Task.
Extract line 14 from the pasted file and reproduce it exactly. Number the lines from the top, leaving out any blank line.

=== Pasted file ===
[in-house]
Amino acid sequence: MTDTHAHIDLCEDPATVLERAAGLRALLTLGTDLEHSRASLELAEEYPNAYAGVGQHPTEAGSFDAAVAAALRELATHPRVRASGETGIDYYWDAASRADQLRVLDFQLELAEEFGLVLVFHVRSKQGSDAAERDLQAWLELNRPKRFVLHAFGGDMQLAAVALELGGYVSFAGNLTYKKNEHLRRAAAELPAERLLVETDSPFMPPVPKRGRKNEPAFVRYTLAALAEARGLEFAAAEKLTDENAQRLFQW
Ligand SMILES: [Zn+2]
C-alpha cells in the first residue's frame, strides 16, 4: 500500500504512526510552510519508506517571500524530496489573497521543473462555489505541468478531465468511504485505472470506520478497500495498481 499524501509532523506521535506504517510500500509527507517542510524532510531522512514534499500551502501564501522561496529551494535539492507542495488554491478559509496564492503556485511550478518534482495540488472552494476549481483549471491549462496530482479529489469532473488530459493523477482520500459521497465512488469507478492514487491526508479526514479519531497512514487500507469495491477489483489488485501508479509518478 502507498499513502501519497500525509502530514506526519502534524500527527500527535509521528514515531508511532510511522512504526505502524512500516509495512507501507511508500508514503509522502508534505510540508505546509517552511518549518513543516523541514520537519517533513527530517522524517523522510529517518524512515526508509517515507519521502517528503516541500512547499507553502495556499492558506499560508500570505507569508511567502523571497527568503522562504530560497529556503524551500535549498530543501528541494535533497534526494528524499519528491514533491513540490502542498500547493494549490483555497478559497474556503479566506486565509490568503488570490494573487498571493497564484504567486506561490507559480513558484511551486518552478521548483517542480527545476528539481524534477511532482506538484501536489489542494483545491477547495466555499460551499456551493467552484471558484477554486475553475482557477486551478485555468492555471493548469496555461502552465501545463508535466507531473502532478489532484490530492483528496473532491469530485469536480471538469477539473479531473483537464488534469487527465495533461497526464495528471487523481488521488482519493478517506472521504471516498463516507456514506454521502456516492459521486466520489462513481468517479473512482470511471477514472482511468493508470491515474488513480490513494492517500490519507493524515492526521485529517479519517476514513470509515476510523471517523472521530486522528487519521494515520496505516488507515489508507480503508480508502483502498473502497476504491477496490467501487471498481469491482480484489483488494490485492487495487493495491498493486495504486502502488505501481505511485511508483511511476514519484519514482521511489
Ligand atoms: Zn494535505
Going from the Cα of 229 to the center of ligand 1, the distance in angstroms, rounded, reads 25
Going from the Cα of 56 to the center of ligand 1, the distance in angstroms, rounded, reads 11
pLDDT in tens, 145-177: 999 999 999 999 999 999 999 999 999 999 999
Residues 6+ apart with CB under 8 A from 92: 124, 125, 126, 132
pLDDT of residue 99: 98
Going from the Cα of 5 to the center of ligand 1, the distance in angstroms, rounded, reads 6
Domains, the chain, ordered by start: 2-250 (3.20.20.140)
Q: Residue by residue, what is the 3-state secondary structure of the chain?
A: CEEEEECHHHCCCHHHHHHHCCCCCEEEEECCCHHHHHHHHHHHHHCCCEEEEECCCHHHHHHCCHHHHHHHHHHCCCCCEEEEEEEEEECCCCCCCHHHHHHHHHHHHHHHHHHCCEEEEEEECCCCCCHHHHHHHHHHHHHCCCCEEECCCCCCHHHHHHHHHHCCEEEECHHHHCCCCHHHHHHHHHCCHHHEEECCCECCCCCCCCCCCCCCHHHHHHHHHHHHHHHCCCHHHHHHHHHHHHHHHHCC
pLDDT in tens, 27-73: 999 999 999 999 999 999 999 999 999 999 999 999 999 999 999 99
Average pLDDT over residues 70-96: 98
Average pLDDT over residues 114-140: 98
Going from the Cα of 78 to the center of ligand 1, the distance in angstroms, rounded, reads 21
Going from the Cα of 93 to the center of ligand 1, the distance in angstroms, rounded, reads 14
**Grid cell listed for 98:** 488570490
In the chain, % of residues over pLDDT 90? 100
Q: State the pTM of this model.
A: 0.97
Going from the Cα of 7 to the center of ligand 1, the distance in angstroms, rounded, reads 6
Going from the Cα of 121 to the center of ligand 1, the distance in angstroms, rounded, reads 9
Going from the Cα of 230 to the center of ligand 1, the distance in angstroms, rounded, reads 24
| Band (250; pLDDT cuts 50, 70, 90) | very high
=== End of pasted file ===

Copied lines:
A: CEEEEECHHHCCCHHHHHHHCCCCCEEEEECCCHHHHHHHHHHHHHCCCEEEEECCCHHHHHHCCHHHHHHHHHHCCCCCEEEEEEEEEECCCCCCCHHHHHHHHHHHHHHHHHHCCEEEEEEECCCCCCHHHHHHHHHHHHHCCCCEEECCCCCCHHHHHHHHHHCCEEEECHHHHCCCCHHHHHHHHHCCHHHEEECCCECCCCCCCCCCCCCCHHHHHHHHHHHHHHHCCCHHHHHHHHHHHHHHHHCC